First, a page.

Tahchin تهچین is a traditional Persian dish which is very unique in its taste and texture – a dense dish flavored with yogurt, saffron and thick yogurt and typically layered with chicken chunks. The delicious thick golden rice crust (tahdig) formed at the bottom and around the cooked tahchin is its shining feature.
An original tahchin is stem-cooked in a pot (a non-stick one in this case) over gas or electric stove just like any other Persian mix rice; however since the amount of liquid in the rice makes its cooking behaviour a bit different and complicated, a lot of recipes advise you to “bake” the dish instead using Pyrex dishes in the oven. Well, I never went with baking style and after many years of trying and failing the traditional pot style, last summer I finally succeeded in getting it right – thanks to my beloved auntie visiting form my old hometown Shiraz.
Ingredients (serves 5-6)
- 3 chicken breasts (about half a kilo) each cut in 2-3 pieces
- 1 onion cut into quarter
- ½ teaspoon salt
- ¼ teaspoon turmeric
- ¼ teaspoon black pepper
- 2 ½ cups Basmati rice, rinsed with cold water a few times, then soaked in lukewarm water with 1 tbsp. sea salt at least 3 hours before you start cooking
- 2 ½ thick Greek-style yogurt
- 3 large eggs* (or 4 small ones)
- ¾ cup cooking oil
- ¼ teaspoon ground saffron mixed in 2 tbsp. warm water
*Some use egg yolks only to get a less sticky tahchin. I should yet try that.
Bring 9 cups of water to a rolling boil in a big non-stick pot with a capacity of 18 cups of water. Pour off the salted water from the top of your rice bowl and add the rice to your boiling pot. Let the rice boil for 5-7 minutes or until cooked at the core but not soft. For tahchin we want our rice grains to be a bit harder than normal. Drain in a fine-meshed colander and rinse with cold water. Wash the starch off the pot and put it back on the top of the hot stove to get it completely dry.
Take chicken breasts out of the yogurt mix and place them on a plate. Now transfer the drained rice to the yogurt mix and gently mix so that all rice grains are covered in yogurt-oil-eggs-saffron mix, without getting broken.
Back to your pot on the stove, turn the heat on medium and pour the remaining ¼ cup of oil in the pot and make sure the inside walls get greasy too.
Pour half your rice into the non-stick pot, then place the chicken breasts on the top of the rice evenly and gently press them down with the back of a spatula. Add the rest of the rice and flatten the surface. Cover the lid in a clean towel and put it back on the pot. After two minutes, bring down the heat to minimum and steam cook the tahchin for 90 minutes.
Remove from the heat. Take the lid off. Place a round serving plate on the top of the pot and flip the tahchin into the plate, just like when you flip a cake. Use a knife to cut through in a rectangle shapes.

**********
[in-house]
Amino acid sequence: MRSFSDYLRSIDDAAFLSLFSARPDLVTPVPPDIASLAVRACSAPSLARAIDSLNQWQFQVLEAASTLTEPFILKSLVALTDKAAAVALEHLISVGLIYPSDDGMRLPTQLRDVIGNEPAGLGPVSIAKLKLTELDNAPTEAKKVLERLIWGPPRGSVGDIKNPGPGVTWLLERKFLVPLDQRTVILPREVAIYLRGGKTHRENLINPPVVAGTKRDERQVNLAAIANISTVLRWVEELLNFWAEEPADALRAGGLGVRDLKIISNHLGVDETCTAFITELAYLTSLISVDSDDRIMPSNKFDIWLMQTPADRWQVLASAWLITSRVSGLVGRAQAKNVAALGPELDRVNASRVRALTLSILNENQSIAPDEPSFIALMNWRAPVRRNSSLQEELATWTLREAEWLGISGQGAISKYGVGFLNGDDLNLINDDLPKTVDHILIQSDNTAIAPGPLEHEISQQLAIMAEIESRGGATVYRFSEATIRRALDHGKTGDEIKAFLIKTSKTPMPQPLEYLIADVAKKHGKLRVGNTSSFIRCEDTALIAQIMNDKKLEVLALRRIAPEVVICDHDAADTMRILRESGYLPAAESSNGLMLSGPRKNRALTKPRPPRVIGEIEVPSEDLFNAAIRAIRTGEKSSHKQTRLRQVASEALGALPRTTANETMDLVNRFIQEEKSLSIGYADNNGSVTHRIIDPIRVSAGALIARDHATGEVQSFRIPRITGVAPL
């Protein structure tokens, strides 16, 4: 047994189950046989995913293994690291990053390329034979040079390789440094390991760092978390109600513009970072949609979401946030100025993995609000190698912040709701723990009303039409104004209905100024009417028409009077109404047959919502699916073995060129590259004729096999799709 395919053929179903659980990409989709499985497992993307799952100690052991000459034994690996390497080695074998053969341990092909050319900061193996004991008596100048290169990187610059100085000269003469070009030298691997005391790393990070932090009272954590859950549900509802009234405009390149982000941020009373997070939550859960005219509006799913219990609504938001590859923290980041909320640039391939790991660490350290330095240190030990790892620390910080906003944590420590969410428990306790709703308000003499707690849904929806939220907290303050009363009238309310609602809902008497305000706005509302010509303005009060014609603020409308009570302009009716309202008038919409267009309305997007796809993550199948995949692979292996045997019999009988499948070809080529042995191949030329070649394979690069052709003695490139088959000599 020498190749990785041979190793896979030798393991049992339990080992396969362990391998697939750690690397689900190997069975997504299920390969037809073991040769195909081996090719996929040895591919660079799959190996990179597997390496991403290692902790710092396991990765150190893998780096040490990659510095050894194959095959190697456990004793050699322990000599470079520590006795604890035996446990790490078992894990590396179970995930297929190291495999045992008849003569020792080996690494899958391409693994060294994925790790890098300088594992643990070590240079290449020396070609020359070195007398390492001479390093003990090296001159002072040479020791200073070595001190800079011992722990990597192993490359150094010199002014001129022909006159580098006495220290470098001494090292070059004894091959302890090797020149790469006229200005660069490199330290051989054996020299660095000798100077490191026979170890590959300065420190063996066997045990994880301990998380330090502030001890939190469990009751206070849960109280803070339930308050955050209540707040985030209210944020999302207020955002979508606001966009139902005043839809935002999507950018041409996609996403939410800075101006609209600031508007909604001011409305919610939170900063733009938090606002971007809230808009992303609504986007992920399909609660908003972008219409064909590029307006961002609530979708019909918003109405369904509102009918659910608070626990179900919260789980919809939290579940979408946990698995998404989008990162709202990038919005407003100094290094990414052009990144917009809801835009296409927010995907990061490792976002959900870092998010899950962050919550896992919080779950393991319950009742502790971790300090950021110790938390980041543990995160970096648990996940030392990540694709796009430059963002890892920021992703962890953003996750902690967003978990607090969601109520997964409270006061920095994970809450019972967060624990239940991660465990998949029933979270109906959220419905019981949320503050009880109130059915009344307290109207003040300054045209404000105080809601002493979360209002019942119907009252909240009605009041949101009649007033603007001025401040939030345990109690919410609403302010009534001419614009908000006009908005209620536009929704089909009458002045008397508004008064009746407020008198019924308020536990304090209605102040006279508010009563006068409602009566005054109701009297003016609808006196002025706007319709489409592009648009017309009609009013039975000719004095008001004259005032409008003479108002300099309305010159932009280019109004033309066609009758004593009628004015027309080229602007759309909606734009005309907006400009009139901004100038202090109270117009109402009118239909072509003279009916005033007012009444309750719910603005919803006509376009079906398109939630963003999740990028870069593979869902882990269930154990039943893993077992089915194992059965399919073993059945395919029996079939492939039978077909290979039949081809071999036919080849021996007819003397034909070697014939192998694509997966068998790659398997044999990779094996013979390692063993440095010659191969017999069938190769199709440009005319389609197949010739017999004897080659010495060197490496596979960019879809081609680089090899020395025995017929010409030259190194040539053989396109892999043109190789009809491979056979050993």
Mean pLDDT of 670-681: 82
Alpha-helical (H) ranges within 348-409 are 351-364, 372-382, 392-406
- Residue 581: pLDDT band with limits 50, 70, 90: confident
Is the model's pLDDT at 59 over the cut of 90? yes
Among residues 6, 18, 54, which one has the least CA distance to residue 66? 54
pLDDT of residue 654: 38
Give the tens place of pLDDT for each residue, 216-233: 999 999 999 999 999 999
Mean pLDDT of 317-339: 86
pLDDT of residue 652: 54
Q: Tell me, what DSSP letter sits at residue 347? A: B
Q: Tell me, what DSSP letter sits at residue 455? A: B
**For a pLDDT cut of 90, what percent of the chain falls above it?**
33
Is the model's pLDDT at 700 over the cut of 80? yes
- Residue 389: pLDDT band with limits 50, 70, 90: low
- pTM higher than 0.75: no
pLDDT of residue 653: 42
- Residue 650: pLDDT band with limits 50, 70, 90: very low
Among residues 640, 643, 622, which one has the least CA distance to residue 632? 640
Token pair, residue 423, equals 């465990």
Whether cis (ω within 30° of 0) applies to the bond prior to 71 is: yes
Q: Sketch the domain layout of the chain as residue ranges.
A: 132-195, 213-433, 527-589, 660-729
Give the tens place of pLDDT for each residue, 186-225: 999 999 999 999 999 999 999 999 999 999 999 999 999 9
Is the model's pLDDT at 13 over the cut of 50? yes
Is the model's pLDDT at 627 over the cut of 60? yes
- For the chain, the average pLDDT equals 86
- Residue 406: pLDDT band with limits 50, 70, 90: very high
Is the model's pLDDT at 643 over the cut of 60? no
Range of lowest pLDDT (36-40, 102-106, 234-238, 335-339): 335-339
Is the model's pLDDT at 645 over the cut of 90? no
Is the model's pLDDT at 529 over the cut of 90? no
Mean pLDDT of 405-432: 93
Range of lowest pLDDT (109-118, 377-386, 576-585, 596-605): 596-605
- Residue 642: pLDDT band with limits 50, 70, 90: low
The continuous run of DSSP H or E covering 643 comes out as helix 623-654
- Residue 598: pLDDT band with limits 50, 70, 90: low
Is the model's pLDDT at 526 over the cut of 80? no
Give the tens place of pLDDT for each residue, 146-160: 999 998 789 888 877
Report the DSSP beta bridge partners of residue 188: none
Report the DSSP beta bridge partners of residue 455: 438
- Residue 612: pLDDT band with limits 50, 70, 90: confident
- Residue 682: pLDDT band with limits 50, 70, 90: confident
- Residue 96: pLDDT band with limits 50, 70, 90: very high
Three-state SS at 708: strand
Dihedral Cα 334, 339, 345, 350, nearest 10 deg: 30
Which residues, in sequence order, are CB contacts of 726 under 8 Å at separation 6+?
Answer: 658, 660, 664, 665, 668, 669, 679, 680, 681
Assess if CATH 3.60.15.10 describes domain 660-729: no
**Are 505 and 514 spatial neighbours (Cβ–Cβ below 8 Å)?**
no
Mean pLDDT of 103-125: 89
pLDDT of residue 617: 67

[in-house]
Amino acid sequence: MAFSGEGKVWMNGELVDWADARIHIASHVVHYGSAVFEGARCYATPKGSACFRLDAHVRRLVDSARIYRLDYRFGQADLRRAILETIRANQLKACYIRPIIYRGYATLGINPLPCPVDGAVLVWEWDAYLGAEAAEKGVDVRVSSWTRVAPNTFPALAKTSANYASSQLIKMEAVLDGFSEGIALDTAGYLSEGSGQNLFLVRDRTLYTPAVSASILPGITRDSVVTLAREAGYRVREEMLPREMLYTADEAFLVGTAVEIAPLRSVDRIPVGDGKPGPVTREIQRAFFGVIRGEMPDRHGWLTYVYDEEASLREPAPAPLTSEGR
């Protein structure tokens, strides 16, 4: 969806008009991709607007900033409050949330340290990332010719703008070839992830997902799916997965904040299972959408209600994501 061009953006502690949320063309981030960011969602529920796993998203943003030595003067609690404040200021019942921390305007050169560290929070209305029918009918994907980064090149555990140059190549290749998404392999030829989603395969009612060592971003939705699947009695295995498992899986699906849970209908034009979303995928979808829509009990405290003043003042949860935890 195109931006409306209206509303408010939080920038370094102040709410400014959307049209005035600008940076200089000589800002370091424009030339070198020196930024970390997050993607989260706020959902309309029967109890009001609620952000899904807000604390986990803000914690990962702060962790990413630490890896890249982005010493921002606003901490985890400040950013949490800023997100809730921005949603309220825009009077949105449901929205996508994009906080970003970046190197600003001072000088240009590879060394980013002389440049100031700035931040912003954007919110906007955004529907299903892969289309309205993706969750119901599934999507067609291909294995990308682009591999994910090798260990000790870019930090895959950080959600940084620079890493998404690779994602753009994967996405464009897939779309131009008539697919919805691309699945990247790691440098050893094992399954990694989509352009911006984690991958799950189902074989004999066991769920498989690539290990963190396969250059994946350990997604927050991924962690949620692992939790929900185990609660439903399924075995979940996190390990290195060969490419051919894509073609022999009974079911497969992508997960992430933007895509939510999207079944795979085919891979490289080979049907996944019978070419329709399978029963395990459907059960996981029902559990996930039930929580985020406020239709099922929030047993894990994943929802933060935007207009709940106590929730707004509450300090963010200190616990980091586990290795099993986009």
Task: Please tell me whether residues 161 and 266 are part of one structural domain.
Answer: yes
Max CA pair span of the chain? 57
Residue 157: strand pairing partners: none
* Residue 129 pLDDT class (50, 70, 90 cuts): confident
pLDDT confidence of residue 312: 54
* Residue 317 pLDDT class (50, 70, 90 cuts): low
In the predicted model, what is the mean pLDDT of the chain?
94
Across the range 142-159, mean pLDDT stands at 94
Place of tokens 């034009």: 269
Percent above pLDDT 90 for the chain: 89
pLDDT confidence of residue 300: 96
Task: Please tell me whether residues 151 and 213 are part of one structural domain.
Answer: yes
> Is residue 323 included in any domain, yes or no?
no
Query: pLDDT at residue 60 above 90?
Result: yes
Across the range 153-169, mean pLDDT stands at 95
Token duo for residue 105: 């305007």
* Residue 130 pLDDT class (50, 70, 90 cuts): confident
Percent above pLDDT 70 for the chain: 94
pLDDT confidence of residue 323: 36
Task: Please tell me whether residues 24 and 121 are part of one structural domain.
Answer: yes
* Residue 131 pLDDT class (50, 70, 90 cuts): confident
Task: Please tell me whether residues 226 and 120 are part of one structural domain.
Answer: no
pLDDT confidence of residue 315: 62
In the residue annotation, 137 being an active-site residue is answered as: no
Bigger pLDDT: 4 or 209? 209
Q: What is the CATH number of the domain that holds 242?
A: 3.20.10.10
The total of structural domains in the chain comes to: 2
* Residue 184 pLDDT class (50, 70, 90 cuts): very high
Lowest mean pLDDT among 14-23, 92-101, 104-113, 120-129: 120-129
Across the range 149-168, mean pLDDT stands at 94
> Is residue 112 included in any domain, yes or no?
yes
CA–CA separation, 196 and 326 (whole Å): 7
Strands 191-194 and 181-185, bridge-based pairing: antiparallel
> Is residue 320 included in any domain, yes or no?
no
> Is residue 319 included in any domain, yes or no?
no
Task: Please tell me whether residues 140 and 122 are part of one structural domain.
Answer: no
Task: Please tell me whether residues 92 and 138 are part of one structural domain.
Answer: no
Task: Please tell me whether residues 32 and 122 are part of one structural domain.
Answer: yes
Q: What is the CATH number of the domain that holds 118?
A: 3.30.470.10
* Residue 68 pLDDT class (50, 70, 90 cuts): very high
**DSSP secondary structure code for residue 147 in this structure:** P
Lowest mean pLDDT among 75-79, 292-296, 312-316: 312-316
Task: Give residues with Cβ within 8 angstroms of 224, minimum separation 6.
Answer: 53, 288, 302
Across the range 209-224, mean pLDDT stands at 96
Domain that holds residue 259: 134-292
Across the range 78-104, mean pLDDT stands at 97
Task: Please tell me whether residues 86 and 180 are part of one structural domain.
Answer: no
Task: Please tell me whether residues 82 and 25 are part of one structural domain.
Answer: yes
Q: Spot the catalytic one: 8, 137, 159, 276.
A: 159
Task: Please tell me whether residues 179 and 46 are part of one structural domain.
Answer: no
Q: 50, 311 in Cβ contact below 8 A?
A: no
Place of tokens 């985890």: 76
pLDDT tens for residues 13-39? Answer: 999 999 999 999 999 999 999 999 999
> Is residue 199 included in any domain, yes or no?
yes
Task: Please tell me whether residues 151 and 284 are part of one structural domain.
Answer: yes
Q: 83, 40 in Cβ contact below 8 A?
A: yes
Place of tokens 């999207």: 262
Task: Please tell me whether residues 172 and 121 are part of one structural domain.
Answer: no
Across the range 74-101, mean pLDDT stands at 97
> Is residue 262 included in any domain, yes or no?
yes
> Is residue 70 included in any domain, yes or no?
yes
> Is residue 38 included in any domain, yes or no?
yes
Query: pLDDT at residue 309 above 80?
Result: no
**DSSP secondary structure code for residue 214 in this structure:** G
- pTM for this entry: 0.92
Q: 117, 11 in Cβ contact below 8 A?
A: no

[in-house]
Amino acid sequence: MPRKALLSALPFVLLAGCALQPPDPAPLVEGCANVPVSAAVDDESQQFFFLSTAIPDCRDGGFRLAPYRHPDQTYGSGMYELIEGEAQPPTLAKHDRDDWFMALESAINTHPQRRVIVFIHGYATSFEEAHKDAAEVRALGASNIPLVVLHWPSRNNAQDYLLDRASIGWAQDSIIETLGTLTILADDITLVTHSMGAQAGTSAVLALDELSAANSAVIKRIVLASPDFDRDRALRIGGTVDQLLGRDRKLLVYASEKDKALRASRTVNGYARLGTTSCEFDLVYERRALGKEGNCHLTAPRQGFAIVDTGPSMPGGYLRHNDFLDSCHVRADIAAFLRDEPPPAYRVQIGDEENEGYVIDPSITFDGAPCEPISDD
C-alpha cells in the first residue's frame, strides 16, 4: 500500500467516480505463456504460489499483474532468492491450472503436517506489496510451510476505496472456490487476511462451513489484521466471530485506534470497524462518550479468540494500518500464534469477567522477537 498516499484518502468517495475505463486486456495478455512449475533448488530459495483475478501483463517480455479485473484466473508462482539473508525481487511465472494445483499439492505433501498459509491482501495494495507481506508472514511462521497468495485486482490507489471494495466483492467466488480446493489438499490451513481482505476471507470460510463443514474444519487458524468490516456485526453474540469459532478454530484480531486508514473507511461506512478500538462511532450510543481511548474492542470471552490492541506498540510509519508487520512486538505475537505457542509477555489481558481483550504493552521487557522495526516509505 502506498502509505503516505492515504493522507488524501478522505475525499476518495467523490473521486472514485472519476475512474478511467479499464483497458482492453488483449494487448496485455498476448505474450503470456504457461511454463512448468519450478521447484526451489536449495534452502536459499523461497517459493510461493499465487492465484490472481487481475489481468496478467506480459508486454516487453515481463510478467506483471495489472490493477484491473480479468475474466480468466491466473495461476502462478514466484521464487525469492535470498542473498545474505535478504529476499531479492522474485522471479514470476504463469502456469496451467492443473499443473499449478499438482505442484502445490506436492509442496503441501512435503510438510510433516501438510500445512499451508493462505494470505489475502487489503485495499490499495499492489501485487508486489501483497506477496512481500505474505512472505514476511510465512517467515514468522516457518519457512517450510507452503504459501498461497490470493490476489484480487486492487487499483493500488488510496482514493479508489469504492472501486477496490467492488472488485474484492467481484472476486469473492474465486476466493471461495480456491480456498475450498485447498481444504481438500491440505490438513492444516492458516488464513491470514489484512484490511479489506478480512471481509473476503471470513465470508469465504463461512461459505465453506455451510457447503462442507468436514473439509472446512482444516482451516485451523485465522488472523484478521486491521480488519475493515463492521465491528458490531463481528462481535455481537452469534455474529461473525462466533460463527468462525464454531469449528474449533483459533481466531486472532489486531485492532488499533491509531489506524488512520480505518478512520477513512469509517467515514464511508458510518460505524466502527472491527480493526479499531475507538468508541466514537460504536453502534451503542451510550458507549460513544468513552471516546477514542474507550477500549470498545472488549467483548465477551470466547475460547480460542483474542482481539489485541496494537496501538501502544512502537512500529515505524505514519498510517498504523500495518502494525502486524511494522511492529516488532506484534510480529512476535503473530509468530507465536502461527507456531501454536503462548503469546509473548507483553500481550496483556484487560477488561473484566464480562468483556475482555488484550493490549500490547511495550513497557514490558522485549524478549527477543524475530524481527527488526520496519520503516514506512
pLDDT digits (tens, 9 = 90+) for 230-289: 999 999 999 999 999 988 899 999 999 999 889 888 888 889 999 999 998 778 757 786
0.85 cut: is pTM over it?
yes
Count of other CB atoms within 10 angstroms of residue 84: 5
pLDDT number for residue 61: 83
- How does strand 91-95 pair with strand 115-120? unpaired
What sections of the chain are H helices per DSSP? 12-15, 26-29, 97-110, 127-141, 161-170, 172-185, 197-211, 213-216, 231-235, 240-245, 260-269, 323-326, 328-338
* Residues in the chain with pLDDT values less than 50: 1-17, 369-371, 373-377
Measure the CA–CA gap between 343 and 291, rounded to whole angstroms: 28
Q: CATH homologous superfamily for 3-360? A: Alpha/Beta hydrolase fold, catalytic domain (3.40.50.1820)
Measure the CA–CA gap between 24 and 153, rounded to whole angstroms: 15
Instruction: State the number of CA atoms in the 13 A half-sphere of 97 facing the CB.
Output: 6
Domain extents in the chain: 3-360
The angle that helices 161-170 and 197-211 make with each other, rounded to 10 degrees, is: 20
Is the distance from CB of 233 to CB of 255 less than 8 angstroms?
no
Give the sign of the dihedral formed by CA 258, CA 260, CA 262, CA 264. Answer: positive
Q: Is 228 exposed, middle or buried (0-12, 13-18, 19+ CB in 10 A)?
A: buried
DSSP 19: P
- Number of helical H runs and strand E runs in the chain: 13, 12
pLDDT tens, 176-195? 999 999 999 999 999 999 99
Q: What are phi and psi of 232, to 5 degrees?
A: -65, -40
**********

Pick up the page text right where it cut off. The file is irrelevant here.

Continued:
An authentic well- prepared tahchin should have a reddish-golden tahdig which looks very appetizing and beautiful on its own and won’t need any kind of topping. And it should of course be very tasty, and delicious. Because of the oil content of the dish, tahchin becomes harder and sticker after spending a night in the refrigerator.
Hope you try my auntie’s tahchin style and enjoy every bite of it!
I ran into this gluten free, vegan recipe for carrot-banana-apple-walnuts muffins on Minimalist Baker and absolutely loved it. The list of ingredients may look long, but the preparation is much easier than your average cake or muffin and the result is tender, fruity sweet muffins with the added chewiness of walnuts and oats.
I tried both non-vegan (with 1 egg) and vegan (with flax eggs) versions and both turned equally nice. Actually, I was very excited to have found a substitute for egg and quite impressed by how well flax eggs worked to stick everything together in these muffins. Read the rest of this entry »
My non Iranian friends may already be familiar with Persian aash, especially from my post on Aash-e reshteh. Nevertheless, I am going to take you through some fun introductory notes on aash in general and aash sabzi Shirazi آش سبزی شیرازی in particular, using experts from e-book, A sip, A bite, A mouthful: A memoir of food & rowing up in Shiraz.
As reluctant as I am to use the term “soup” to describe aash, for fear of undermining its significant position within Iranian cuisine and culture, I nevertheless find a comparison between the two the most efficient way to describe the dish to new appetites. To this end, aash could be said to be an “honorable soup”–rich, thick and laborious to prepare. Depending on the type of aash, it is made of specific varieties of herbs, vegetables, fruits, grains and dairy products; with or without beef or lamb. Read the rest of this entry »
For this upcoming Canadian thanksgiving I looked up a Canadian recipe for salad (you guessed it, made with maple syrup) which goes well with other items on your table. It is called Roasted Sweet Potato Kale Salad with Mustard Dill Vinaigrette. The title pretty much gives away the ingredients, I know, but you would not know how to make it before visiting the link on Food Network!I followed the original recipe (linked above) only modified it slightly by increasing the amount of kale to 5 cups and skipping agave nectar in the sauce. I was super happy with the result – very autumnish colors, filling yet light and refreshing with a sweet-sour taste.
Happy Thanksgiving Canada!
This super easy and super fast cookie is …well, super Yummy! No butter or oil is required not even to grease the baking sheet. Yet the cookies are crisp chewy, a bit heavy yet tender – and with my recipe not too sweet either. I love them with my evening tea and sometimes with my morning coffee.
Ingredients Read the rest of this entry »